PLAN Diagnostic



KEY: 0 = absent; 1+ = hyporeflexic; 2+ = normal; 3+ = hypereflexic; 4+ = hypereflexic & clonus

Proceedings of the 11th International Congress of World Equine Veterinary Association, 2009 - Guarujá, SP, Brazil
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TABLE 3: Assessment of cranial nerve function


I Olfactory Sense of smell Challenge
II Optic Afferent pathway for vision and light Menace response
Pupillary light reflex
Swinging light test
III Oculomotor Pupillary constriction Pupillary light reflex
Extra-ocular muscles Medial movement of globe
IV Trochlear Extraocular muscle (dorsal oblique) Ventrolateral rotation of globe
V Trigeminal Sensory Sensory to head and face Ear, eyelid and lip (facial) reflexes
Pain perception: head, nasal septum
Motor Motor to muscles of mastication Chewing, jaw tone, muscle mass (temporalis,
masseter, pterygoid)
VI Abducens Extra-ocular muscle (retractor oculi) Eyeball retraction (corneal reflex)
Extra-ocular muscle (lateral rectus) Lateral movement of globe
VII Facial Motor to muscles of facial expression Ear, eyelid and lip (facial) tone, reflexes, and
Facial symmetry
VIII Vestibular Afferent branch of vestibular system Head posture
Induced eyeball movement
Normal vestibular nystagmus
Normal gait
Blindfold test
Cochlear Hearing Response to noise
IX Glosso-pharyngeal Sensory / motor to pharynx Swallowing (observation and palpation)
X Vagus Sensory / motor to pharynx and larynx Gag reflex (nasal tube)
XI Accessory Endoscopy
XII Hypoglossal Motor to tongue Tongue size and symmetry


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Proceedings of the 11th International Congress of World Equine Veterinary Association, 2009 - Guarujá, SP, Brazil
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TABLE 4: Gait and postural abnormalities present with neurologic lesion at different locations.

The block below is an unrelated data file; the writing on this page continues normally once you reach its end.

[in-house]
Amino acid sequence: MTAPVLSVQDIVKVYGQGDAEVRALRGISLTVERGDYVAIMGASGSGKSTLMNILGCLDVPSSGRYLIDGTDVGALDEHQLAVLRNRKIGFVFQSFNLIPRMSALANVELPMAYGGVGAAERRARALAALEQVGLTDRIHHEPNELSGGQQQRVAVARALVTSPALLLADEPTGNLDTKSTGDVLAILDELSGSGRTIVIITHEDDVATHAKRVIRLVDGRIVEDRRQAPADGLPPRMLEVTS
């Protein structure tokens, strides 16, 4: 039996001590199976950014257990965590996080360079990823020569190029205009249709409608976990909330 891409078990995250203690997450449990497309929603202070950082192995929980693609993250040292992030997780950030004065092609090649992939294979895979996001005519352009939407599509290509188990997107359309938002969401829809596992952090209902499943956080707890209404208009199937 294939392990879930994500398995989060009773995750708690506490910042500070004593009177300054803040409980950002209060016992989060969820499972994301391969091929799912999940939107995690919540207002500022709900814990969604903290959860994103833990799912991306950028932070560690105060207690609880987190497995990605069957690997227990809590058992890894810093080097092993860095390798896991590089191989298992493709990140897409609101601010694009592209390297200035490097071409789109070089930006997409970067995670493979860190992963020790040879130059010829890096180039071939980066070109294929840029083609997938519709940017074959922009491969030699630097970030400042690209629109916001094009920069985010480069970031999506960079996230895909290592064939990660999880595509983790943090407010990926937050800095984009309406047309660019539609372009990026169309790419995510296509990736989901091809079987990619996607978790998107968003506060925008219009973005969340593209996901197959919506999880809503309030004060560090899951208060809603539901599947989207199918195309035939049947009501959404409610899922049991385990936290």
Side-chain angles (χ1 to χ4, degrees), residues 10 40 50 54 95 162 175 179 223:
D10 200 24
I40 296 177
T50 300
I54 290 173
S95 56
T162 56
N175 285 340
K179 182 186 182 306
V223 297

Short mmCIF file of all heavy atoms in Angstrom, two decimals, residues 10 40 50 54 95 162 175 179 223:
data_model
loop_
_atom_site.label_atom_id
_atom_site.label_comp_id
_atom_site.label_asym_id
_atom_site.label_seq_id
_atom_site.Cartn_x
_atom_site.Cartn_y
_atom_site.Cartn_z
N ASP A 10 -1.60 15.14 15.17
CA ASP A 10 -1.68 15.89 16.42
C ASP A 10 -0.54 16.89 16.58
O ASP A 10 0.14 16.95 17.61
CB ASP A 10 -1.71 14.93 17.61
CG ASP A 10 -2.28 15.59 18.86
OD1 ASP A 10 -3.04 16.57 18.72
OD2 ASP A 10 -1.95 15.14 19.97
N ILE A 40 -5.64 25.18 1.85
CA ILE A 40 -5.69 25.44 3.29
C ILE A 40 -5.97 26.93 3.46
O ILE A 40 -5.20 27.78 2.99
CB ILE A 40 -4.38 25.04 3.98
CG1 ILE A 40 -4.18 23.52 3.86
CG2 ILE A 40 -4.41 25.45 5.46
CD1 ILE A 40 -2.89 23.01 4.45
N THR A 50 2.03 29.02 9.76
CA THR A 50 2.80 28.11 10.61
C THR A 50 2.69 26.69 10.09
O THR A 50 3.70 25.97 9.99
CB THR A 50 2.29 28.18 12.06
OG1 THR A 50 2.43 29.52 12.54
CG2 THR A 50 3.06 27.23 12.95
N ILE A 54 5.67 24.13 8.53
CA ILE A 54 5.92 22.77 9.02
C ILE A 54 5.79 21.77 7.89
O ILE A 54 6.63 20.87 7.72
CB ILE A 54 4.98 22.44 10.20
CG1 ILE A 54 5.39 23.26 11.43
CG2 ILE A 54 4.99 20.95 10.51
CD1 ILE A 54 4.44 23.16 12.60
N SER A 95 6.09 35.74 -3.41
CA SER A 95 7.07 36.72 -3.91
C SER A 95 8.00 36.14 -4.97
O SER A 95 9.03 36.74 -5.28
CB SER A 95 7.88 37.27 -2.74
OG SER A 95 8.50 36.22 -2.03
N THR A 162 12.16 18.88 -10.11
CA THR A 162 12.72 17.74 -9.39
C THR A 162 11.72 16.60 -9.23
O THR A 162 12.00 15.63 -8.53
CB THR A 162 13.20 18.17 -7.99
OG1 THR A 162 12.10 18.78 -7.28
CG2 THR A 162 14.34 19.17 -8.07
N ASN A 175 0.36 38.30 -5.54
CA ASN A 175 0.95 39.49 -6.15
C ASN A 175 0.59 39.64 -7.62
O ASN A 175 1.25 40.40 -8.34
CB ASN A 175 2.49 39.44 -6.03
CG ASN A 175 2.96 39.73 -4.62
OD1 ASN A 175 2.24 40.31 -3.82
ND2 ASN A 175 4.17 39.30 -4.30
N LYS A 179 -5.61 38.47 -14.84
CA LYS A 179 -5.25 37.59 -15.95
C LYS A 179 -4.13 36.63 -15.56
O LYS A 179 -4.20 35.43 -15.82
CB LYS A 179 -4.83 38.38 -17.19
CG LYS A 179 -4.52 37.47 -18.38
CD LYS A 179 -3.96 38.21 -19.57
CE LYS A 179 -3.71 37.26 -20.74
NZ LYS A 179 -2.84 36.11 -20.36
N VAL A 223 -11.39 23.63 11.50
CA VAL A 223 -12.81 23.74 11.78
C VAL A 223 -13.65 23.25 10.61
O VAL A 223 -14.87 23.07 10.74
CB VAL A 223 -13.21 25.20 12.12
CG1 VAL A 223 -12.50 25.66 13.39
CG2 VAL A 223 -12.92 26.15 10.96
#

Cerebrum +++ O O O O
Brain Stem ++ ++ ++ ++ ++
Vestibular +++ O ++ ++ O
Cerebellum ++ O +++ + +++
Spinal Cord / UMN ++ ++ ++ ++ ++
Peripheral Nerve / LMN ++ +++ + (++)* (+++)*
Musculo-Skeletal + ++ O + O
O = not usually expected
+ = mild if present
++ = usually present
+++ = quite characteristically present
* = usually only with selection sensory fiber involvement

TABLE 5: The common clinical features of Upper and Lower Motor Neuron Defects

Paralysis Normo- to hypertonic Hypotonic to flaccid
Muscle atrophy None or disuse* Significant
Muscle fasciculations NOT present Present
Reflexes Normo- to hyperactive Hypoactive to absent
* becomes evident quickly in proximal muscles with lameness and disuse

TABLE 6: Syndromes in which neurologic lesions may be suspected but usually not proven.

 Prominent toe dragging  Prominent sinking with dorsal lumbar pressure

 Intermittent & unusual lameness  Throwing to the ground when saddle applied
 Shivering  Rearing violently when first ridden
 Stringhalt-like movements  Extreme difficulty in rising
 Hyperreflexic movements  Localized hypertonia & tremor

Proceedings of the 11th International Congress of World Equine Veterinary Association, 2009 - Guarujá, SP, Brazil